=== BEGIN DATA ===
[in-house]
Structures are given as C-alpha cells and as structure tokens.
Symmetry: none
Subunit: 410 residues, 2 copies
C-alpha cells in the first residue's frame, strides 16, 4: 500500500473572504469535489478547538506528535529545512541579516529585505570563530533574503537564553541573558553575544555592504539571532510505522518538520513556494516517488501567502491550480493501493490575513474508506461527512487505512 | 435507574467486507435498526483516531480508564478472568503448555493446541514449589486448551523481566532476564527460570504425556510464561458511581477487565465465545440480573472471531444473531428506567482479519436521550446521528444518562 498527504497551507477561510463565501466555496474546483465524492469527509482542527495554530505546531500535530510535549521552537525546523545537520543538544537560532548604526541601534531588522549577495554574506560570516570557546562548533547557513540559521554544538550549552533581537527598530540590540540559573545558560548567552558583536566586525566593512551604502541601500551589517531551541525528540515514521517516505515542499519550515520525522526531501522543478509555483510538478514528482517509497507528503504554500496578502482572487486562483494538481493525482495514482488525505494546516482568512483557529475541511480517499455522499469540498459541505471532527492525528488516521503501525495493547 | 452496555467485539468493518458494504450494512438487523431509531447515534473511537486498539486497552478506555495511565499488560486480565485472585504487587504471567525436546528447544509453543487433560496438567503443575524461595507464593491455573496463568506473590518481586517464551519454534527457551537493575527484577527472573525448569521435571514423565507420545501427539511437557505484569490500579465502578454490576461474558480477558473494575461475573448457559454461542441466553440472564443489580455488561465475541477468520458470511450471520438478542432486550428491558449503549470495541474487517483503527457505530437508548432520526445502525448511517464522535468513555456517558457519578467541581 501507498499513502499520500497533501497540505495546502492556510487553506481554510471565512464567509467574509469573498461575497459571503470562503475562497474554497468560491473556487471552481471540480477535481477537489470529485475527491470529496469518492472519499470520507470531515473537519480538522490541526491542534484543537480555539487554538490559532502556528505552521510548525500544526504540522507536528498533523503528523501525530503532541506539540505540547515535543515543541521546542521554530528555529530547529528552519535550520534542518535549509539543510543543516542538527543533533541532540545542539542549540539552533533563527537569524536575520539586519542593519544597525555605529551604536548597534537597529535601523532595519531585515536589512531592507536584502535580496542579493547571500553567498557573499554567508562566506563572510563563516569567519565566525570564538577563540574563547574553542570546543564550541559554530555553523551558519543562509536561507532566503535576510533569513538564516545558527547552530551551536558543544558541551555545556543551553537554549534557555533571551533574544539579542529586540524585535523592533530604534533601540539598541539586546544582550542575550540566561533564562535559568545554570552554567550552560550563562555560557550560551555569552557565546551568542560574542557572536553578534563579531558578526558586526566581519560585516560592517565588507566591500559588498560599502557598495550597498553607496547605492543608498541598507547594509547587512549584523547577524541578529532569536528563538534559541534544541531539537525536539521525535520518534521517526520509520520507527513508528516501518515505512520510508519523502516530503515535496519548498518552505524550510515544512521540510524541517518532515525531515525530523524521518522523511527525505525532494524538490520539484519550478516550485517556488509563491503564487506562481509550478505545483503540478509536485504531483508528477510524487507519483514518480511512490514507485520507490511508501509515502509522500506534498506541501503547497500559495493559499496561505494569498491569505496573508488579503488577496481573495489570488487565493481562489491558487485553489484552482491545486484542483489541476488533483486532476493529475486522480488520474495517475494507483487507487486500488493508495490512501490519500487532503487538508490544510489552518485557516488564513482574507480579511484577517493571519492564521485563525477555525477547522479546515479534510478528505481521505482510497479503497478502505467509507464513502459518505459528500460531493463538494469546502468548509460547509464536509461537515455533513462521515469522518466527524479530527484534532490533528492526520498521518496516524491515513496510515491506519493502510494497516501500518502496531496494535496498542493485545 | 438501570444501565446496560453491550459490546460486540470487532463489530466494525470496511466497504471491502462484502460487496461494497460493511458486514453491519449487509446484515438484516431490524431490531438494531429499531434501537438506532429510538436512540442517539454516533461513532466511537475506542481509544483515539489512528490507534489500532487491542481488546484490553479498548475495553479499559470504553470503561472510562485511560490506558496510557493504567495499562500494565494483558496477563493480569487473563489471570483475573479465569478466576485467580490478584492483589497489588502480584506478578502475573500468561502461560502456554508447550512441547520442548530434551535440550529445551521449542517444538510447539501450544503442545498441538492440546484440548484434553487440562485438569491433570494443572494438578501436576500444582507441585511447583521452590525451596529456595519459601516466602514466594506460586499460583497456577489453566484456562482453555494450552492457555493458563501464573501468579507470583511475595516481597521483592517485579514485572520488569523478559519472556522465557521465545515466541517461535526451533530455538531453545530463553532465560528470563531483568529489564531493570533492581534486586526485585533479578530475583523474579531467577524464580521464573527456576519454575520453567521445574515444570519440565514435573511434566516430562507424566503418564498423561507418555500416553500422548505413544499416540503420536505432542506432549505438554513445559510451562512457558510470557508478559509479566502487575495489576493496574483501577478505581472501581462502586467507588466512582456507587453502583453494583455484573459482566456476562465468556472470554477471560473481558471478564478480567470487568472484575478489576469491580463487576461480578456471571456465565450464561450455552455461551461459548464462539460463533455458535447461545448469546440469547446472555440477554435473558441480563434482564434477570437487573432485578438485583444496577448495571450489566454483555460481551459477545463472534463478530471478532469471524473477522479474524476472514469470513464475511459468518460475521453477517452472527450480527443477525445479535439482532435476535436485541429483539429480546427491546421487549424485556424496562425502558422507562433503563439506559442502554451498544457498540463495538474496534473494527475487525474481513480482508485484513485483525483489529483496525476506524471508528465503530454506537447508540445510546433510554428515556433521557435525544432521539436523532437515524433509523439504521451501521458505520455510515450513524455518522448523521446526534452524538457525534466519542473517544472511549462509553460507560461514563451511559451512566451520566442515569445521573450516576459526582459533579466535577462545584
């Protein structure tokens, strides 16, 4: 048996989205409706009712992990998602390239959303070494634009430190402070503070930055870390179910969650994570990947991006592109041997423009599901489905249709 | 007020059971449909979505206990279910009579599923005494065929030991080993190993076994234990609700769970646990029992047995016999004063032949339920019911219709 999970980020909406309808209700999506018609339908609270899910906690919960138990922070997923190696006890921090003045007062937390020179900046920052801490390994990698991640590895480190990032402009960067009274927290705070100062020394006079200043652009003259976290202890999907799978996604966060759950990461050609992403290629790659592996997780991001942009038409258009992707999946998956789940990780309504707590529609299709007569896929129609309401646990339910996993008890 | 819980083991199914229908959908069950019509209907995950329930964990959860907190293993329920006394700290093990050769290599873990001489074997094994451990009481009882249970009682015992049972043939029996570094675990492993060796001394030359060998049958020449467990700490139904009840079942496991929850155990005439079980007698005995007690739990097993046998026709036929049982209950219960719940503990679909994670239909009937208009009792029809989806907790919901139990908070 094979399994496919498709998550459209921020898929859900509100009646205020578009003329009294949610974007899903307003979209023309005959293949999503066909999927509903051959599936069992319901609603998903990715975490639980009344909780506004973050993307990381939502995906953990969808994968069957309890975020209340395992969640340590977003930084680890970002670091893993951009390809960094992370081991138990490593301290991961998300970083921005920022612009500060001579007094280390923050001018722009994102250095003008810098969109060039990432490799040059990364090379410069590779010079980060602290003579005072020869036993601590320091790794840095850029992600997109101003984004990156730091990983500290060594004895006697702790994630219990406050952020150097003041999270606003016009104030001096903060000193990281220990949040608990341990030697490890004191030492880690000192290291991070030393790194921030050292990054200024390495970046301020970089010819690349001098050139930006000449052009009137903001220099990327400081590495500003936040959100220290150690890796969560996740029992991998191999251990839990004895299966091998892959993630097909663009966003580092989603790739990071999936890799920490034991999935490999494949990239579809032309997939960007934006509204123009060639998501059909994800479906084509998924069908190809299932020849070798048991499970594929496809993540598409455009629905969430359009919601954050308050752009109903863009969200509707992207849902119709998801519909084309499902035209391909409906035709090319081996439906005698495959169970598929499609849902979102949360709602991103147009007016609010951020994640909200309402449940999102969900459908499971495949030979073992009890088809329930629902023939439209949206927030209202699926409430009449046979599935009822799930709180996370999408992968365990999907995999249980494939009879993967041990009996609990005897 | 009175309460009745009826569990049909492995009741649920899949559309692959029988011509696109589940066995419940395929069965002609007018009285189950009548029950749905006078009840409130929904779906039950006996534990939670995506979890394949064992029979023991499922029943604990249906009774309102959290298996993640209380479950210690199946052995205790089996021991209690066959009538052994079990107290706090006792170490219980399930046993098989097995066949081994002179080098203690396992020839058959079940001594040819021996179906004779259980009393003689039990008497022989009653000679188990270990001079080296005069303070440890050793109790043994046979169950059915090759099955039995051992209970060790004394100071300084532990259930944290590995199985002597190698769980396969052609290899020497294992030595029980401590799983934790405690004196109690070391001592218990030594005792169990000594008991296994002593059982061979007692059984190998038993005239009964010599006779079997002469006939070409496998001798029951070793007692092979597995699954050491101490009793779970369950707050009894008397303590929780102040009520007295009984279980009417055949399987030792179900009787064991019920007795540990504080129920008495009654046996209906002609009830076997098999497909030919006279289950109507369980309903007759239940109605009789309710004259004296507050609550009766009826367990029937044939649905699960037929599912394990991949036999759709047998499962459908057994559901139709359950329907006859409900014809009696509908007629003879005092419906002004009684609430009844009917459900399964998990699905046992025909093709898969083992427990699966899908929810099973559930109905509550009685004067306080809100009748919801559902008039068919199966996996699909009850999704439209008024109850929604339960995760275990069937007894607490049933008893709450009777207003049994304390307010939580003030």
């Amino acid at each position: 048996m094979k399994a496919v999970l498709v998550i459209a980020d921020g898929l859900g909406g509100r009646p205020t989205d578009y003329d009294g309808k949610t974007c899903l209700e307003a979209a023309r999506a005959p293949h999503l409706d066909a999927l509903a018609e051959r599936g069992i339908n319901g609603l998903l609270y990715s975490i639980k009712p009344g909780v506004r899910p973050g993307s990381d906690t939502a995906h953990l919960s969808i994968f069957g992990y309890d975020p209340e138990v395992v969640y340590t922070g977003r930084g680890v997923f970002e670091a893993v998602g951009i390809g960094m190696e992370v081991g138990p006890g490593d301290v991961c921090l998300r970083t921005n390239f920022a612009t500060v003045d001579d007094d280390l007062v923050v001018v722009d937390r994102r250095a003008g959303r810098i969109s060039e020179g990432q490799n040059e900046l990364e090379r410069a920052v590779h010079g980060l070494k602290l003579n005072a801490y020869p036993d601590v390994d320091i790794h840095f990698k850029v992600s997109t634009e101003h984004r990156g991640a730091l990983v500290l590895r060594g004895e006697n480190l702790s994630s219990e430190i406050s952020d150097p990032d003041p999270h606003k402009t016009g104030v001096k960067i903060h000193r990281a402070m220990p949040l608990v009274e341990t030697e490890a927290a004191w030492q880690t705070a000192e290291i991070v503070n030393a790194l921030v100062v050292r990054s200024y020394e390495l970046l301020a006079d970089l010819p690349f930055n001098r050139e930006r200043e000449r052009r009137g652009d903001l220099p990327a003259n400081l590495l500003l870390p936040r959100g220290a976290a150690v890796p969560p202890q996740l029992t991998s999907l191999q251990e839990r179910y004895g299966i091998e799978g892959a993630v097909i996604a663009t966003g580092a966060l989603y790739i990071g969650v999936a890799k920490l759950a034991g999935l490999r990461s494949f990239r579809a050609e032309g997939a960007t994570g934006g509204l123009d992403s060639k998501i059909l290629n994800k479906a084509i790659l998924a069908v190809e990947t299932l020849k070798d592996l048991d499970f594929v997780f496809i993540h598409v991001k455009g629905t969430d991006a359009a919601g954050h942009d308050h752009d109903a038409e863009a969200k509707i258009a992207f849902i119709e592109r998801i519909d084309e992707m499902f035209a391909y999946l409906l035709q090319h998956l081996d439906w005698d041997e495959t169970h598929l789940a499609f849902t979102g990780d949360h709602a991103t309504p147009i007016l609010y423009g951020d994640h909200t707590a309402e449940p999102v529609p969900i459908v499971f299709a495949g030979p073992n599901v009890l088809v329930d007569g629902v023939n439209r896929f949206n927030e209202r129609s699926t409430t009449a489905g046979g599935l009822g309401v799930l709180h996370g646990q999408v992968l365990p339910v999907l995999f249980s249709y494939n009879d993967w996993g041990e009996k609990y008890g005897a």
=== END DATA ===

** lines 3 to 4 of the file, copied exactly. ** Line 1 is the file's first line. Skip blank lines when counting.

Symmetry: none
Subunit: 410 residues, 2 copies